Lynguent, Altos, InPA and Faust in Copenhagen
The problem with being an editor in today’s market of disappearing publications and out-of-work colleagues is that you have far less time to cover all the good stories that are out there. I hope to address this problem – at least in a minor way – by briefly highlighting the companies and technology leaders that I talk with on a weekly basis.
You may recall that Lynguent was started in 2001 by Martin Vlach, a year after Analogy was acquired by Avanti. Martin helped start Analogy in the mid-1980’s. Like Analogy, the focus of Lynguent was in the vital but niche market of analog and mixed signal (AMS) simulators.
Today, Lynguent continues to accelerate the modeling and simulation of complex systems and circuits. So what’s new at Lynguent? A quick check of the company’s online press room reveals an increase in the number of new advisors. Jean Armstrong, PR agent for Lynguent, confirms that the company will have more personnel, technology and product announcements to make before the end of the year.
You never know who you will meet on a flight from Portland to San Jose. On a recent trip to DAC, I found myself next to Kevin Chou, VP of R&D and Founder of Altos. Kevin and I talked about the evolving role of characterization in IP reuse. That conversation eventually led to a more detailed discussion this week with Jim McCanny, CEO and Co-Founder of Altos, an EDA company that provides characterization technology for IP reuse and more accurate modeling of timing, power and process variations.
I had erroneously assumed that Altos provided device characterization tools when, in fact, their technology is used for IC characterization, eg., standard cells, IOs and memories. What makes this technology interesting is that it helps to clarify the fuzzy design and manufacturing boundaries that become especially tricky to manage at 40nm process node and below. Jim explained that the traditional IC characterization via interpolative models add a significant amount of margins to the final model. These wider margins – added because of uncertainty – hurt the engineer’s ability to reach timing closure and manage power.
Even though ESL has lost some of its luster in the EDA world, the importance of virtual and hardware prototypes for chip design and verification has not lessened. A relatively new player to the market for FPGA-based prototyping is Integrated Prototype Automation (InPA) – pronounced “In-Pah”. The company was founded in October, 2007, by Thomas Huang and Michael Chang.
This week I spoke with Joe Gianelli, VP of Marketing and Business Development. Joe left Taray after its acquisition by Cadence earlier this year. No surprisingly, Taray provided tools to integrate multiple FPGAs into printed circuit board (PCB) system designs.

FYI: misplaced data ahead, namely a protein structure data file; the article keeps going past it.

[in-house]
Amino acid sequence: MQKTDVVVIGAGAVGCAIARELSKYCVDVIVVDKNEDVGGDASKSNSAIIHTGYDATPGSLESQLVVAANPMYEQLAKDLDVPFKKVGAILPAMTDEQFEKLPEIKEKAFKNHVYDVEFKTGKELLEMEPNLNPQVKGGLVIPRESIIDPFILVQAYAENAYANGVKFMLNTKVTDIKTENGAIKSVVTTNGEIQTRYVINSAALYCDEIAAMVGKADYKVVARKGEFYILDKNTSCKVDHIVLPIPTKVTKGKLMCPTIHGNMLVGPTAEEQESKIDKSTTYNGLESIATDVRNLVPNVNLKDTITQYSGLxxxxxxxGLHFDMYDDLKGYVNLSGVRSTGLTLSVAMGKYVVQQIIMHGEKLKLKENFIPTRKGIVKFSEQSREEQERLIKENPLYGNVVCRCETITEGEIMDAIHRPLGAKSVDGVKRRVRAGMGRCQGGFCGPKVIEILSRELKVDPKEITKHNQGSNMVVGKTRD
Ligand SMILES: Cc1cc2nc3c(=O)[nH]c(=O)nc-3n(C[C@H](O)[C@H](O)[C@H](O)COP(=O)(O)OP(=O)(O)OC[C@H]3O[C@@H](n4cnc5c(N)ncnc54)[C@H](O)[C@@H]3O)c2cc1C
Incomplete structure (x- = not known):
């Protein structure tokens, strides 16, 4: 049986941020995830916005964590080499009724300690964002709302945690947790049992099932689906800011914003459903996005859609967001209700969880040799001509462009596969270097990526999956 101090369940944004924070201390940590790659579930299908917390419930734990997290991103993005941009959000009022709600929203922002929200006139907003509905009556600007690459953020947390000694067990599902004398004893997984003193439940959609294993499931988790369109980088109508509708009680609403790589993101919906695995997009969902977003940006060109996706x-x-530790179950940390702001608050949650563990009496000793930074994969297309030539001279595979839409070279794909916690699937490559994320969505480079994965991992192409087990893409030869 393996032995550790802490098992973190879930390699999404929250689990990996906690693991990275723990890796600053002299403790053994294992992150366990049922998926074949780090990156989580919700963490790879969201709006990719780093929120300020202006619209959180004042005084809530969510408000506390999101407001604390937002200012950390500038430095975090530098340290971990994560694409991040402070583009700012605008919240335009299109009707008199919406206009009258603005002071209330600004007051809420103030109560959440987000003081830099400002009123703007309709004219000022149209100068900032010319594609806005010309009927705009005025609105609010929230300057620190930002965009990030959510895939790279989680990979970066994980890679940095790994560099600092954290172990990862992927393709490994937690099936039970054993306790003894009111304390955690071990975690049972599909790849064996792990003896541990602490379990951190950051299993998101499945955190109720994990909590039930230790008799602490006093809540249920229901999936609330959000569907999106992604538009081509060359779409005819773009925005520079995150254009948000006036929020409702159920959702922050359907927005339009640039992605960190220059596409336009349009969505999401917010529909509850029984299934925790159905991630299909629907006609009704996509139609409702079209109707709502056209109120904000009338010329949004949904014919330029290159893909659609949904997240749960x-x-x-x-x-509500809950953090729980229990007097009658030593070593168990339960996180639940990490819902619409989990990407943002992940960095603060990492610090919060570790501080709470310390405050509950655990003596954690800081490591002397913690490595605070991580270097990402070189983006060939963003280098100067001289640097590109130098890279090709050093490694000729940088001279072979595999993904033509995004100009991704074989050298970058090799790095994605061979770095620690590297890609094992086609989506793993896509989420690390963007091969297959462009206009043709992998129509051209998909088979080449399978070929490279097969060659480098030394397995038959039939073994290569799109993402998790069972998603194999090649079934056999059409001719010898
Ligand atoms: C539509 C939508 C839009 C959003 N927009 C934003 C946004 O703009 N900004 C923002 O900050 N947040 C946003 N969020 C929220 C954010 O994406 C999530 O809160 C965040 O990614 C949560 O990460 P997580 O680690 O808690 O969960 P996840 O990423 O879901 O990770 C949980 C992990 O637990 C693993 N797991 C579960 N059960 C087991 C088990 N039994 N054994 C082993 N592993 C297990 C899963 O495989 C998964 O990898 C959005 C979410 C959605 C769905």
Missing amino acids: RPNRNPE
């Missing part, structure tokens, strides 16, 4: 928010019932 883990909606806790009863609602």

InPA’s goal is to replace blind probing with full visibility in the debugging of multiple FPGAs in either FPGA-specific designs or hardware-based ASIC prototyping. InPA’s patent pending active debug tool is the key in providing this accelerated and full visibility system. Joe noted that it works with Incisive, ModelSim, and VCS simulation environments, as well as with off-the-shelf and custom prototyping systems.
Coincidence, serendipity or merely quantum entanglements
On a more personal note, I wish to thank Andrea for sending me a copy of “Faust in Copenhagen – a Struggle for the Soul of Physics,” by Gino Segrè. The book deals with a faustian play that took place in the miracle year of 1932, the same year that witnessed the discovery of the neutron and antimatter, as well as the first artificially created nuclear transmutations. The play and these landmark events in quantum physics had one thing in common. Can you guess what that was? (No spoilers – you’ll have to read the book to find the answer.)
Apparently, my friend Andrea met the author on a recent sojourn to the desert. Knowing my continuing interest in quantum physics, she sent me a copy of the book. This is a rather curious coincidence (perhaps even serendipitous) mailing, since I had just finished reading Brian Clegg’s “The God Effect: Quantum Entanglement, Science’s Strangest Phenomenon.” I had read Clegg’s book as a result of an interview earlier this year with John Valentino, CEO of Psyleron, a start-up company that evolved from the Princeton Engineering Anomalies Research (PEAR) program of the last two decades. Prior to this year, I had not really stayed up with developments in physics for a considerable time.
The subject of my conversation with John Valentino was quantum entanglements and their measurable effects at the macro level, i.e., between human beings. A fascinating talk that I have yet to publish, but will do so soon.